The gas is ethane

The gas is ethene

We cannot be sure what the gas is

Look at each of these formulas, and decide if each one is an alkane, an alkene or neither.

 alkanealkeneneither
C4H8
C4H10
C5H8
C5H10
C5H12

What is produced when we crack a long alkane molecule? Tick all the possible answers.

catalyst

shorter alkane

alkene

carbon dioxide

Why are alkenes useful?

They are sustainable.

We can make plastics from them.

They release much larger amounts of energy when burnt.

  • Question 1

What is the name of the process that breaks large hydrocarbon molecules into smaller ones?

CORRECT ANSWER
cracking
EDDIE SAYS
It's cracking, because we are breaking something into smaller pieces, but not losing anything in the process.
  • Question 2

What conditions are needed to make cracking work?

CORRECT ANSWER
High temperatures
Catalyst or steam
EDDIE SAYS
High temperatures are needed because we are doing a kind of thermal decomposition to break up the molecules. We need a catalyst or steam to make the reaction go fast enough to be useful.
  • Question 3

Think about this reaction some more;

How many atoms of each element are there on the products side of this reaction? Type in your answers as numbers, not words.

 

CORRECT ANSWER
EDDIE SAYS
The products are ethene, octene and octane. There are (2 + 8 + 8 =) 18 carbon atoms, and (4 + 16 + 18 =) 38 hydrogen atoms on the products side of the reaction. Those are the same numbers as on the reactants side, so the reaction is balanced and nothing has been lost.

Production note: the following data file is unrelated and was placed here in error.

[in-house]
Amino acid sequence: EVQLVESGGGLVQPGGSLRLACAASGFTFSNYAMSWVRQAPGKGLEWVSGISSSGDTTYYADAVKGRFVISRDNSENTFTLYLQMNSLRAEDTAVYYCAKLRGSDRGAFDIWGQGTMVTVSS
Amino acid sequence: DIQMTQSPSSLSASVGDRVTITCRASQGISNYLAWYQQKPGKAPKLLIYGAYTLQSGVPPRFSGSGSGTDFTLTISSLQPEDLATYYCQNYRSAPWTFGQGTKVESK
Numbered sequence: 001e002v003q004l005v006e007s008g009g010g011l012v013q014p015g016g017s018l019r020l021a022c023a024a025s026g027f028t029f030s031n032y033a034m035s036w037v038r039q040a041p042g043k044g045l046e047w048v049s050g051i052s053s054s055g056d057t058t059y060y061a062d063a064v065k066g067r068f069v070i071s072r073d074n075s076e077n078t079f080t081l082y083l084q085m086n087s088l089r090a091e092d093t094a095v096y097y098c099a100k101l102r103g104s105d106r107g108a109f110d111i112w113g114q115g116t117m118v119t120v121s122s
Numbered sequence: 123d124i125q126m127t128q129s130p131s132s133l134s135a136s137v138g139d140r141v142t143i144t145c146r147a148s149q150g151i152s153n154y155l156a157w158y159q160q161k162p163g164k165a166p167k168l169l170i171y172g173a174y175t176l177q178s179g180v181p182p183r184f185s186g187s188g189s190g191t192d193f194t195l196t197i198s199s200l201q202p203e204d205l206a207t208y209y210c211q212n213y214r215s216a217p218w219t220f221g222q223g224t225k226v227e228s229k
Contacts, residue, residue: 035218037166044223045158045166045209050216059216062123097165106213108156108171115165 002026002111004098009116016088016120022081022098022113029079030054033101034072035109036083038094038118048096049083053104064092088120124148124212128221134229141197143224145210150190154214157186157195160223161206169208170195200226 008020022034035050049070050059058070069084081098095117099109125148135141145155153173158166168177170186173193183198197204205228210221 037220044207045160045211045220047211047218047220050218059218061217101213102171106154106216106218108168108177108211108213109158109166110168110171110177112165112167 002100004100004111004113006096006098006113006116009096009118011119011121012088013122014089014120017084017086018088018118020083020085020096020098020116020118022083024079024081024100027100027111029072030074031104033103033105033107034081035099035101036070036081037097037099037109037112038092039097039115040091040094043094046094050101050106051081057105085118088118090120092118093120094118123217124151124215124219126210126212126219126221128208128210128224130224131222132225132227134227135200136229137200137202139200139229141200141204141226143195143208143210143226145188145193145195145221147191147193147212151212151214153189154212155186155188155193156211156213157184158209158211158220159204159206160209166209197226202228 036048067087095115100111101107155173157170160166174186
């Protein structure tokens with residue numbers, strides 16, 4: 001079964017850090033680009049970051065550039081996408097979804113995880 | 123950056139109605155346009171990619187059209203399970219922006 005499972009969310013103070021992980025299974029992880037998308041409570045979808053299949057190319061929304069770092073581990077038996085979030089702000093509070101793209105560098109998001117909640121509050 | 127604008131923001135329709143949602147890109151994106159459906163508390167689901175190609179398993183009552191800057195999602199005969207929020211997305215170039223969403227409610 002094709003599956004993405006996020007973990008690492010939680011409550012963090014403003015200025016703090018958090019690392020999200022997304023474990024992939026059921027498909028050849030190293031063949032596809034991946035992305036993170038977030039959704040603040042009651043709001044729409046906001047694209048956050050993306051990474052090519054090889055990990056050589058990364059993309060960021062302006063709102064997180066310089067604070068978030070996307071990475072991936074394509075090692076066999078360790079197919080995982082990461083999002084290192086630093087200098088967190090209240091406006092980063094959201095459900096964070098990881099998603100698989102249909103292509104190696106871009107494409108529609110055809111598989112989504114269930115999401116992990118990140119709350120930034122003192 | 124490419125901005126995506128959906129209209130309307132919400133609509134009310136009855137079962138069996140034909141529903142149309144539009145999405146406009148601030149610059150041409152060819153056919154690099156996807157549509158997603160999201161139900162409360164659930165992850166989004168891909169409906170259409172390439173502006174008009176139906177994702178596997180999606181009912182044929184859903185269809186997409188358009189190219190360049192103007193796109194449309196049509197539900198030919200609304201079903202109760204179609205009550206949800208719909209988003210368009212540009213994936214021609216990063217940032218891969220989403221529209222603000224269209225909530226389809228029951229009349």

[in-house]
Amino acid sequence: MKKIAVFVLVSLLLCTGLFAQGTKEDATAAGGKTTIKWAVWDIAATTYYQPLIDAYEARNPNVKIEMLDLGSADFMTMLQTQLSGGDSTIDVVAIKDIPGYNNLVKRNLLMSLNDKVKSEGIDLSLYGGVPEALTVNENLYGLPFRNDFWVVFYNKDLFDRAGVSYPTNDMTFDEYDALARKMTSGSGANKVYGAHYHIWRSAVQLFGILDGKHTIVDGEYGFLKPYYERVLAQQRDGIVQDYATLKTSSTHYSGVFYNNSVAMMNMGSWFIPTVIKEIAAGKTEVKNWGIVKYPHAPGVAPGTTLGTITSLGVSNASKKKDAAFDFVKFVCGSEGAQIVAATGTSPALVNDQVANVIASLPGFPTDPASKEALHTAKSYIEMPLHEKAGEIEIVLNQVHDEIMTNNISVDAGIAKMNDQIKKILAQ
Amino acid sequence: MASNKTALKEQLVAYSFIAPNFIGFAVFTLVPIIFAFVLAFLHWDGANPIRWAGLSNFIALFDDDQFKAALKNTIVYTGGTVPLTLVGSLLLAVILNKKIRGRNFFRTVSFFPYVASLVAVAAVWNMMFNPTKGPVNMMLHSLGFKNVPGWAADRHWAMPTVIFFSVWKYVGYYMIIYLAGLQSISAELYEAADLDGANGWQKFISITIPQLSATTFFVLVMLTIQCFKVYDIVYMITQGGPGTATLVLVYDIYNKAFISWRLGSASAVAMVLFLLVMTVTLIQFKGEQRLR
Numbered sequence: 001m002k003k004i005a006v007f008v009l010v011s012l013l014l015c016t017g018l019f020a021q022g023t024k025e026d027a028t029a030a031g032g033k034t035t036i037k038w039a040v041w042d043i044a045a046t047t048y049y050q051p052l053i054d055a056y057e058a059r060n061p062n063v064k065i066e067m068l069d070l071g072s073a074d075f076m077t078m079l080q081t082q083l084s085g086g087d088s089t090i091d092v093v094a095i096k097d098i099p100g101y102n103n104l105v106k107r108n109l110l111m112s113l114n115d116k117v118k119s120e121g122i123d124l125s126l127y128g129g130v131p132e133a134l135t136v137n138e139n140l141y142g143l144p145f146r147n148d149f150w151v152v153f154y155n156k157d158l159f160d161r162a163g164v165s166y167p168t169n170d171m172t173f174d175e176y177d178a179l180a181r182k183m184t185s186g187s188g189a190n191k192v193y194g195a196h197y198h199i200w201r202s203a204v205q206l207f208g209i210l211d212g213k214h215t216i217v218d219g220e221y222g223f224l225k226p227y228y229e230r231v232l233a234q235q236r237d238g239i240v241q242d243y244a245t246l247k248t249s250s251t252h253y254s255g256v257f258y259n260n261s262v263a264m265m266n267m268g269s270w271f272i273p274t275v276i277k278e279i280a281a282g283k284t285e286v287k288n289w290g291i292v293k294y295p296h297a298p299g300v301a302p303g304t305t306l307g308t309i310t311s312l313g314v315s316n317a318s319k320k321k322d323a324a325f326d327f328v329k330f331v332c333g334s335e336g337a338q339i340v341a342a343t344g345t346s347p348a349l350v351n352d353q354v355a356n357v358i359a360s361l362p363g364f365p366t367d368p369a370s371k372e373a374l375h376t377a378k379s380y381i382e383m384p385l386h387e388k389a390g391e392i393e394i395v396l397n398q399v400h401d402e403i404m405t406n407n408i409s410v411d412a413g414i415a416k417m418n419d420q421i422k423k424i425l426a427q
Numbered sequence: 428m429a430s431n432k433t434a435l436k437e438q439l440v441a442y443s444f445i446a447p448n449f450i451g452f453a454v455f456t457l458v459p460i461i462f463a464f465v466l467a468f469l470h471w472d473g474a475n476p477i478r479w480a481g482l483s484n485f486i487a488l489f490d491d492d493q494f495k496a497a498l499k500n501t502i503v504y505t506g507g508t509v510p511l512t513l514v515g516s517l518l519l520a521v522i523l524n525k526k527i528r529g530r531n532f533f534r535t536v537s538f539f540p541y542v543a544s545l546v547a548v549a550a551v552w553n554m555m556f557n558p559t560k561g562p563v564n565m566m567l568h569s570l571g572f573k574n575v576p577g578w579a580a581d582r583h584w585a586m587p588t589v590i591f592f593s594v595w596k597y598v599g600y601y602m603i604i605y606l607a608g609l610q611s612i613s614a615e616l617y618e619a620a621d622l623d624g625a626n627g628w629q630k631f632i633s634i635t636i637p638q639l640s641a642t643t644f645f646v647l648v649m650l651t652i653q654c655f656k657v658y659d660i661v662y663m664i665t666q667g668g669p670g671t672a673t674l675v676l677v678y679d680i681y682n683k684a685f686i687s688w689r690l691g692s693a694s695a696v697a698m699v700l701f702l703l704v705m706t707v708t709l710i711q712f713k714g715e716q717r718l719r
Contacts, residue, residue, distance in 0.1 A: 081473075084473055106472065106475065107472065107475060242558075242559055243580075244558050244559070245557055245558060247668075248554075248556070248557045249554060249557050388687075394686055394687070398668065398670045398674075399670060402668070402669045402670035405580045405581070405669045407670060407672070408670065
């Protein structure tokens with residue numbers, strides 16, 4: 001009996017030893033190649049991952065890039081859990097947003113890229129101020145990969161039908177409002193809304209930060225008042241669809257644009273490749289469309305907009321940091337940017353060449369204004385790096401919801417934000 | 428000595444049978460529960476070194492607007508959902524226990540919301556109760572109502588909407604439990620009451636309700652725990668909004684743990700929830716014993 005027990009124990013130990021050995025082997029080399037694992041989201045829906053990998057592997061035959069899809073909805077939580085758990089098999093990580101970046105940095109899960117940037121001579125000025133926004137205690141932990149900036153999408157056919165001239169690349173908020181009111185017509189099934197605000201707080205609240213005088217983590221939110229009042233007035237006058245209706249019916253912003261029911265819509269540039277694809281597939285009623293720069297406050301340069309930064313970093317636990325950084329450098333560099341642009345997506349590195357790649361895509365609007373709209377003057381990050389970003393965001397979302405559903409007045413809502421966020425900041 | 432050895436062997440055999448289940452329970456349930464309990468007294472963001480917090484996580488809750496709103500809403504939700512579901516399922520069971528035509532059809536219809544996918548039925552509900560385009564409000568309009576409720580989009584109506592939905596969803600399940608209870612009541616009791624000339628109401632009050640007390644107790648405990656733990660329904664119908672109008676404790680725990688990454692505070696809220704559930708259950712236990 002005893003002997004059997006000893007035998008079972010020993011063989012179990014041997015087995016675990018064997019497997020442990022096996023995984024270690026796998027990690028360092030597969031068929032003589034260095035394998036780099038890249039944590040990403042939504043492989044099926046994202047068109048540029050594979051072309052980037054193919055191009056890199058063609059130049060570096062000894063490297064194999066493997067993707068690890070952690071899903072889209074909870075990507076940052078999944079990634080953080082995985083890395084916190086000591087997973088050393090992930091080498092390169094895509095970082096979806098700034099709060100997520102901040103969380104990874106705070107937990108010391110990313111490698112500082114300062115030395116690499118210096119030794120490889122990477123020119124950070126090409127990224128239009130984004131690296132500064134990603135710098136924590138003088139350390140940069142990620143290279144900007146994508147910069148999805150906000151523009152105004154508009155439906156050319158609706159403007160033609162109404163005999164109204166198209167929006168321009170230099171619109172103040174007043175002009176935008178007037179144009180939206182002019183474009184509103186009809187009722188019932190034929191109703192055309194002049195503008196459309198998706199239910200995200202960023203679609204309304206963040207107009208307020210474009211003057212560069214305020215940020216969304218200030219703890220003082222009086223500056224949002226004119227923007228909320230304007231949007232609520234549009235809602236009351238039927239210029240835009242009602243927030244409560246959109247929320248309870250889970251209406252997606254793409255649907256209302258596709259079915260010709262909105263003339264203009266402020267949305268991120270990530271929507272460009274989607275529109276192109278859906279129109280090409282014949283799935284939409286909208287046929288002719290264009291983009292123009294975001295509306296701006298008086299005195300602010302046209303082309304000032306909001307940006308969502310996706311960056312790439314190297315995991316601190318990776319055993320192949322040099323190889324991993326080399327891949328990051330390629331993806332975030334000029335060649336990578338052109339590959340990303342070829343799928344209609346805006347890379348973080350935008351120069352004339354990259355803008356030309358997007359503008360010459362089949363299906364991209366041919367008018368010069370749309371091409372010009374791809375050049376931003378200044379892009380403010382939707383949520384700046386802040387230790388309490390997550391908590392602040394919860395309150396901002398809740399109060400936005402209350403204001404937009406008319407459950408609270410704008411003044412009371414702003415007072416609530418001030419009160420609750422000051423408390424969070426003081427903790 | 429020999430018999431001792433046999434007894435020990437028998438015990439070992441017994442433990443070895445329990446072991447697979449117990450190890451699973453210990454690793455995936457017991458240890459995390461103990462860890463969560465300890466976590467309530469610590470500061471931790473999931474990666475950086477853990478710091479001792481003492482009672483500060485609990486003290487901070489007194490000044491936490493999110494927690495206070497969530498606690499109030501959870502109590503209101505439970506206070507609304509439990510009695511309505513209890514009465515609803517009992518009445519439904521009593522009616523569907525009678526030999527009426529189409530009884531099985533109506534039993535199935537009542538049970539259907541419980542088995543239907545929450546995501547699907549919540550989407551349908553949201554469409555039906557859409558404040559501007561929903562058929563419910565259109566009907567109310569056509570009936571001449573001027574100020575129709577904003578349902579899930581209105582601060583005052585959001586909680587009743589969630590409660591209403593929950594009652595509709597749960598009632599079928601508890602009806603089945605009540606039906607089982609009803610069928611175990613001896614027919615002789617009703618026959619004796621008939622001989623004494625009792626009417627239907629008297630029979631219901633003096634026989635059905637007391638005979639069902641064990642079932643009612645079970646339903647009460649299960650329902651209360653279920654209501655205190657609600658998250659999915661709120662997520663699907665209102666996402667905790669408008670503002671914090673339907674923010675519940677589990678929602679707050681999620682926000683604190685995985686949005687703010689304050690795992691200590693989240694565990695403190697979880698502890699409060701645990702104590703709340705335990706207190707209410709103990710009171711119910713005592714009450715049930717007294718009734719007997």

• Question 4

Look at this molecule.

What can we say about this structure? Pick a half-sentence from each section.

CORRECT ANSWER
EDDIE SAYS
The bond between the carbons is double (C=C), so this is an alkene.
  • Question 5

Look at this molecule.

What is its name?

CORRECT ANSWER
pentene
EDDIE SAYS
There are five carbons, so it is pent-something. There is a double C=C bond (look at the top two carbon atoms), so it is an alkene. That means the name is pentene.
  • Question 6

Suppose we have a gas, and want to tell if it is ethane or ethene. What experiment can we do to check?

CORRECT ANSWER
Add the gas to bromine water
EDDIE SAYS
Bromine water is the test for compounds with C=C double bonds, so it lets us tell alkanes and alkenes apart.
  • Question 7

Suppose we have a gas, and want to tell if it is ethane or ethene. We bubble the gas through bromine water, and the water changes from orange to colourless. What does this tell us?

CORRECT ANSWER
The gas is ethene
EDDIE SAYS
Ethene has a double C=C bond, so it can react with bromine water. Ethane only has a singe C-C bond, so it does nothing. If we see the colour change, the gas must be ethene.
  • Question 8

Look at each of these formulas, and decide if each one is an alkane, an alkene or neither.

CORRECT ANSWER
 alkanealkeneneither
C4H8
C4H10
C5H8
C5H10
C5H12
EDDIE SAYS
Alkenes have exactly twice as many hydrogen atoms as carbon atoms. Alkanes have twice as many hydrogen atoms as carbon atoms, plus two more hydrogen atoms.
  • Question 9

What is produced when we crack a long alkane molecule? Tick all the possible answers.

CORRECT ANSWER
shorter alkane
alkene
EDDIE SAYS
Cracking breaks a long alkane molecule into one or more shorter alkanes and one or more alkenes. We can't make carbon dioxide, because there is no oxygen in the original alkane.
  • Question 10

Why are alkenes useful?

CORRECT ANSWER
We can make plastics from them.
EDDIE SAYS
The key use of alkenes is that we can join them together to make polymers, which are the basis of plastics. There is more on that in another activity.